Honeywell announced that its HTS900 turboshaft engine, yet to be certified, is already getting an upgrade. The engine has been fitted with a new dual-centrifugal compressor that Honeywell said provides increased thermodynamic power capability and reduced fuel consumption, and at the same time allows for future engine growth within the same engine footprint.
According to Honeywell (Booth No. 1907), the new dual-centrifugal compressor is more durable and resistant to foreign object damage and erosion.
The HTS900 has been selected to power the Bell 417 that will be used by the U.S. Army to fulfill its armed reconnaissance helicopter (ARH) mission. In addition to the new dual-centrifugal compressor, the engine incorporates a case-tied gas producer shroud that maintains tight clearances regardless of gas temperature. Both components are derived from Honeywell’s T800 engine program and the joint U.S. Army/Honeywell-funded small heavy fuel engine demonstrator program.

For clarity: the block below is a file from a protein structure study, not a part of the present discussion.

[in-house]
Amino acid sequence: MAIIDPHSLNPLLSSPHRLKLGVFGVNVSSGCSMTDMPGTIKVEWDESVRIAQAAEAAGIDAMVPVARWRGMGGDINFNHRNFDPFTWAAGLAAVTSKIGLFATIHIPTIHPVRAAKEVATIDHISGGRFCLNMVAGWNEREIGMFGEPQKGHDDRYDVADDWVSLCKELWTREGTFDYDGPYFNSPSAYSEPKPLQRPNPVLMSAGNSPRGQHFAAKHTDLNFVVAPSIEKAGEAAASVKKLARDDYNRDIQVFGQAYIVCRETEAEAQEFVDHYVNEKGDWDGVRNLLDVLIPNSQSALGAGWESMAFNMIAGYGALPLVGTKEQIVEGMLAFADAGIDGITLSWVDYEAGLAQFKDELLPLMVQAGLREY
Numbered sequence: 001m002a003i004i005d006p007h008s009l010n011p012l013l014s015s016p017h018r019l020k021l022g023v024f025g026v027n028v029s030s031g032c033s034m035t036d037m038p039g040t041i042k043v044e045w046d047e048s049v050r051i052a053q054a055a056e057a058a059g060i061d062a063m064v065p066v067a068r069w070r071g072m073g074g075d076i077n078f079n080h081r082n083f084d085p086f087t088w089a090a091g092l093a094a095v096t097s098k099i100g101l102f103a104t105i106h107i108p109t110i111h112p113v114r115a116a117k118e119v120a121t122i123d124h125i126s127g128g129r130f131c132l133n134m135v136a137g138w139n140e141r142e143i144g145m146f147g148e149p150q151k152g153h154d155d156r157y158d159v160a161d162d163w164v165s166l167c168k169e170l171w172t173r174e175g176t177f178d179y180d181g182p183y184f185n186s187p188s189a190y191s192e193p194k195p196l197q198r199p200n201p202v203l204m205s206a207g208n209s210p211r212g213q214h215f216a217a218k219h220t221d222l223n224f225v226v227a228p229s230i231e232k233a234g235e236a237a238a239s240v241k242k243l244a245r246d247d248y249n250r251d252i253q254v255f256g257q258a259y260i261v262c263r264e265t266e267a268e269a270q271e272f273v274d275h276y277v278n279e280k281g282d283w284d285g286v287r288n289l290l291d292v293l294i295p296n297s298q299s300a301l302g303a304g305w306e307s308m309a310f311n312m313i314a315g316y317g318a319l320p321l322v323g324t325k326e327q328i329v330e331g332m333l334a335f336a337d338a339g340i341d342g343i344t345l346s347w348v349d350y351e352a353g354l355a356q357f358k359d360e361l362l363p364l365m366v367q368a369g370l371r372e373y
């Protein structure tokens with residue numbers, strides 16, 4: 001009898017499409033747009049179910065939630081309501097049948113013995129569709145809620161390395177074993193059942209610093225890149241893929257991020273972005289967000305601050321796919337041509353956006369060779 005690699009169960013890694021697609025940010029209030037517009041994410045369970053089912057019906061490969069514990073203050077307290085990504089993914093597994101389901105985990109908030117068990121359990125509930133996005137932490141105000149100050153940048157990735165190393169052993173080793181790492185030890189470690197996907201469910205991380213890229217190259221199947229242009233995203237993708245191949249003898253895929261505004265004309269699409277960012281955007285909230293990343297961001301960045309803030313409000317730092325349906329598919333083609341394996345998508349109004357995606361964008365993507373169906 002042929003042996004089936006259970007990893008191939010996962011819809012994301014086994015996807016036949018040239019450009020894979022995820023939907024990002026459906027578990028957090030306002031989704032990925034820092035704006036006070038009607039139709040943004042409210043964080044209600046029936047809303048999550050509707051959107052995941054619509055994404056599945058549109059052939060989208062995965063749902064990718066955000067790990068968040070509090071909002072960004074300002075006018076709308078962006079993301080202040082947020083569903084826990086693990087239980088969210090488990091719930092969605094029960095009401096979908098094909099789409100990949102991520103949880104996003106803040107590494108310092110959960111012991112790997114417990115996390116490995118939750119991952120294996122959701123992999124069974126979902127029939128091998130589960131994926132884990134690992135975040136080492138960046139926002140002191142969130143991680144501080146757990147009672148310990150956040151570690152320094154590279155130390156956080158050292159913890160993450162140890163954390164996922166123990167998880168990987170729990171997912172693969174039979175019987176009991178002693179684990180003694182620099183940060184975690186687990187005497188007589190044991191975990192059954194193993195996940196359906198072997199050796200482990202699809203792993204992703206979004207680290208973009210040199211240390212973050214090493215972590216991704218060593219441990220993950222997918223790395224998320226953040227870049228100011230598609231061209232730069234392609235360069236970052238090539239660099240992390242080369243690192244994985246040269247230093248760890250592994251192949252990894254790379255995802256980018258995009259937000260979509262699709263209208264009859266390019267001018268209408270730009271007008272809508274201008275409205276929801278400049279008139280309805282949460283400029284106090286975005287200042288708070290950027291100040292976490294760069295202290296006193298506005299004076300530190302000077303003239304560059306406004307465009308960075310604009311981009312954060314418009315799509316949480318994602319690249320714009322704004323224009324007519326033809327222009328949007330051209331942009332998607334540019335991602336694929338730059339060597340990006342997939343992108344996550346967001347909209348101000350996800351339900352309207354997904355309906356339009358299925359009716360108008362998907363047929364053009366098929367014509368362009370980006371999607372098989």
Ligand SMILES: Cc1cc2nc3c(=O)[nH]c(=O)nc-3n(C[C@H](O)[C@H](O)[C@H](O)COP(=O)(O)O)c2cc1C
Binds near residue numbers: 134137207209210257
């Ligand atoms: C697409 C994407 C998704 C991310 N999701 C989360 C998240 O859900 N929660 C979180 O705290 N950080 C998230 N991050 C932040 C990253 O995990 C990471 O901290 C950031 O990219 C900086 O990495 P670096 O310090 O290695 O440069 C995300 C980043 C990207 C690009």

With more shaft horsepower capability, the HTS900’s compressor and turbine components will have the same service life limits of 15,000 cycles as previously defined by Honeywell.
At sea-level, standard-day conditions, the new compressor technology of an uninstalled HTS900 engine increases the engine’s takeoff power output from 925 to 970 shaft horsepower.
The HST900 test program has accumulated more than 600 hours and is currently running with four test and certification engines, fully configured with FADEC and case-tied gas producer shroud. Honeywell has also delivered flight-test engines for the Bell 417 and ARH development programs.
Certification of the HST900 is expected in the fourth quarter of this year. The upgrade version with the new dual centrifugal compressor is expected to be certified early next year.